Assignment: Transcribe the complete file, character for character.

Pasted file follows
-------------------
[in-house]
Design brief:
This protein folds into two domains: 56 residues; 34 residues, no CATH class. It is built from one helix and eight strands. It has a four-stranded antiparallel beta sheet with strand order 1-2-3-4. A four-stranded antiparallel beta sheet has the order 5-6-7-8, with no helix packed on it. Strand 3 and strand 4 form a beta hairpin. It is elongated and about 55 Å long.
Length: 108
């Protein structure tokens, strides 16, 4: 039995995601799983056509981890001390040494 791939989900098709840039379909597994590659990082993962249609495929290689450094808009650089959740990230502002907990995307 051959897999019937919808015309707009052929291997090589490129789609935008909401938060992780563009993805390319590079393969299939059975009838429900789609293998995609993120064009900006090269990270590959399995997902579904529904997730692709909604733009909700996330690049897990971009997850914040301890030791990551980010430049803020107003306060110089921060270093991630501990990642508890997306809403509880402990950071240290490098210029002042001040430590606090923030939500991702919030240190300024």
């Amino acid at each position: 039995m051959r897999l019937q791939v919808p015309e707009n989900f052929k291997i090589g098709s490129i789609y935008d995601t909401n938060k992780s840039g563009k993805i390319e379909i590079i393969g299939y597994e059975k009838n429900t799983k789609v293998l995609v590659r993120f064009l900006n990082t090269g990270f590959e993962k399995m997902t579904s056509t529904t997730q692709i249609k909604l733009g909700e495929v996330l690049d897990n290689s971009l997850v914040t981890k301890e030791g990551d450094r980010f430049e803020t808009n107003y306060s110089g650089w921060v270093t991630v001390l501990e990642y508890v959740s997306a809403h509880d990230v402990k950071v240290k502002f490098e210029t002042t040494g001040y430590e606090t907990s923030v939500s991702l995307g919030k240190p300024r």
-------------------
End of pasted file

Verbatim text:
[in-house]
Design brief:
This protein folds into two domains: 56 residues; 34 residues, no CATH class. It is built from one helix and eight strands. It has a four-stranded antiparallel beta sheet with strand order 1-2-3-4. A four-stranded antiparallel beta sheet has the order 5-6-7-8, with no helix packed on it. Strand 3 and strand 4 form a beta hairpin. It is elongated and about 55 Å long.
Length: 108
């Protein structure tokens, strides 16, 4: 039995995601799983056509981890001390040494 791939989900098709840039379909597994590659990082993962249609495929290689450094808009650089959740990230502002907990995307 051959897999019937919808015309707009052929291997090589490129789609935008909401938060992780563009993805390319590079393969299939059975009838429900789609293998995609993120064009900006090269990270590959399995997902579904529904997730692709909604733009909700996330690049897990971009997850914040301890030791990551980010430049803020107003306060110089921060270093991630501990990642508890997306809403509880402990950071240290490098210029002042001040430590606090923030939500991702919030240190300024």
């Amino acid at each position: 039995m051959r897999l019937q791939v919808p015309e707009n989900f052929k291997i090589g098709s490129i789609y935008d995601t909401n938060k992780s840039g563009k993805i390319e379909i590079i393969g299939y597994e059975k009838n429900t799983k789609v293998l995609v590659r993120f064009l900006n990082t090269g990270f590959e993962k399995m997902t579904s056509t529904t997730q692709i249609k909604l733009g909700e495929v996330l690049d897990n290689s971009l997850v914040t981890k301890e030791g990551d450094r980010f430049e803020t808009n107003y306060s110089g650089w921060v270093t991630v001390l501990e990642y508890v959740s997306a809403h509880d990230v402990k950071v240290k502002f490098e210029t002042t040494g001040y430590e606090t907990s923030v939500s991702l995307g919030k240190p300024r």